Above photo: Augie’s Coffee, a coffee chain in the Inland Empire of California, laid off 54 employees during the pandemic only a week after workers announced they would unionize, leading employees to stage a strike in July. Members of the Augie’s Union are part of a growing number of movements, like the Pie Hole Workers Union, to organize restaurant workers. Don Bartletti/Los Angeles Times via Getty mages.
When workers at a pizza joint refused to train the people replacing them, they were fired.
Now they’re unionizing.
Boise, Idaho – It was raining lightly June 29 when Geo Engberson, owner of the Pie Hole pizzeria, convened an emergency staff meeting. He had intended a quick conference in the parking lot behind the restaurant, known for its steady stream of weekend bar-goers. Given the weather, Engberson ferried the handful of workers into his trailer.
Earlier that month, workers at the pizza joint petitioned for an hourly wage bump. Worried that Pie Hole was prepared to replace them, former employee Kiwi Palmer says, she and her coworkers refused to train new hires. This refusal triggered a conflict.
In a recording of the trailer meeting obtained by In These Times, Engberson says, “Kiwi, yesterday you told [the manager] you wouldn’t train new hires, any scabs. That still how you feel?”
When Palmer and fellow worker Marshall Harris reaffirmed they would not train new hires, Engberson fired them.
In the weeks since, the Pie Hole workers have organized a series of pickets in front of the restaurant. Calling themselves the Pie Hole Workers Union, they filed a complaint with the National Labor Relations Board alleging the firing was retaliatory and violated their right to participate in “concerted activity” without reprisal.
Engberson rejects the claim that Palmer and Harris were fired for organizing and that the business planned to replace them. “We got busy, and we needed to hire more people,” Engberson tells In These Times. He adds, “I treat my employees like family … and I don’t ever hear from them that they’re disgruntled about their wages.” Engberson also says that, when he used the word “scabs,” he was quoting Palmer— not confirming the new workers were, in fact, scabs.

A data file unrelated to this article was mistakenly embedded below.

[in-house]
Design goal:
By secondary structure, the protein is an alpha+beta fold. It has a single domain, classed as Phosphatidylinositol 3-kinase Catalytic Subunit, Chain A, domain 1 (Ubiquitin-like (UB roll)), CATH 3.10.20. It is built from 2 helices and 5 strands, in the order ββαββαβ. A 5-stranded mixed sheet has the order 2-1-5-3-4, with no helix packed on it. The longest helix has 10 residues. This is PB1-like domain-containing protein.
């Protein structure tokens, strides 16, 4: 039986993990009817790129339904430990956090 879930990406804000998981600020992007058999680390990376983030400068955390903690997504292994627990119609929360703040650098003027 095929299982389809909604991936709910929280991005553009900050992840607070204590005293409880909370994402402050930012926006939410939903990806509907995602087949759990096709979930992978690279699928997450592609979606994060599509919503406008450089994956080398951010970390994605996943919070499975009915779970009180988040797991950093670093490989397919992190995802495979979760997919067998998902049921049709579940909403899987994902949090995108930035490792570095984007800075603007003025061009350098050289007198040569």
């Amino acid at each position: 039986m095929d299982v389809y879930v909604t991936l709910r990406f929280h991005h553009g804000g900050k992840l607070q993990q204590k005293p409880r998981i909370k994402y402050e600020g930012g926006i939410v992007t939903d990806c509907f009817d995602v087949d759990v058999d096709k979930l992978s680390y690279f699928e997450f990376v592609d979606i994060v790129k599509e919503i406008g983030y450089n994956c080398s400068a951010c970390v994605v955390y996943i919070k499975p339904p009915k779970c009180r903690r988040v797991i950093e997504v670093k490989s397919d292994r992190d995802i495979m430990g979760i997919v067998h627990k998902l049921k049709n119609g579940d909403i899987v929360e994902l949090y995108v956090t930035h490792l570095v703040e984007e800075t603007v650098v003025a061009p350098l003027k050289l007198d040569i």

The Pie Hole workers have found support from the Boise chapter of the Democratic Socialists of America (DSA), which has aided in pickets and connected them with DSA’s national Restaurant Organizing Project.
Beyond Boise, multiple left-wing labor groups have taken on the cause of restaurant organizing. In addition to its Restaurant Organizing Project, DSA has collaborated with the United Electrical, Radio and Machine Workers of America (UE) — a democratic, rank-and-file union — to advise workers on union drives and workplace actions. Between the DSA projects and UE’s organizing, the Left has taken a central role in pandemic-era organizing.
“We’ve seen a significant uptick in workers contacting us about organizing from the restaurant industry, and in the food service [and] hospitality sector more broadly,” UE organizer Mark Meinster says. “Workers are very concerned about the lack of safety protections regarding Covid, the lack of paid sick leave and the drop in income many anticipate as a result of serving fewer customers.”
This wave of labor activism in hospitality has already ushered in wins. In March, a coalition of New Orleans service and hospitality workers campaigned to disburse reserves from the city’s convention center directly into the hands of workers; by April 22, the city agreed to provide $1 million in grants to workers affected by the pandemic. Some restaurants in Philadelphia, where hospitality workers have organized to end the subminimum wage for servers and bartenders, have increased wages during the pandemic.
But the restaurant industry remains difficult to organize, and union shops are still the extreme minority, with union density in accommodation and food service hovering around 2.1%.
At Augie’s Coffee, a chain in Southern California, workers demonstrated 70% support for the Augie’s Union (represented by UE) and requested the company voluntarily recognize their bargaining unit. The company then shut down operations and laid off everyone in the cafés. Now, former workers are campaigning for union recognition and to be rehired.
“People are so atomized, and the job they do is so temporary,” says Matthew Soliz, a barista organizing with Augie’s Union. “I think for people my age and younger, unions aren’t really a concept, right? Like, in talking to my coworkers, the most common response is, ‘I don’t really know what that is.’ ”
Given the challenges, restaurant workers are banding together across restaurants and across cities. In Chicago, New Orleans, Denver and Boise, restaurant workers have formed citywide solidarity organizations. On July 24, workers around the country marched to demand expanded benefits from unemployment insurance.
“The fact that [DSA’s Restaurant Organizing Project] is growing is evidence [that] A, we’re not crazy, and B, we’re not alone, and C, that there is solidarity that is growing rapidly,” Harris says. “Inside of five weeks, I’ve gone from never having done any of this to attempting to organize other people.”
Alice Herman is an In These Times Goodman Investigative Fellow, as well as a writer based in Madison, Wisconsin, where she works at a restaurant. She contributes regularly to Isthmus, Madison’s alt-weekly, and The Progressive magazine.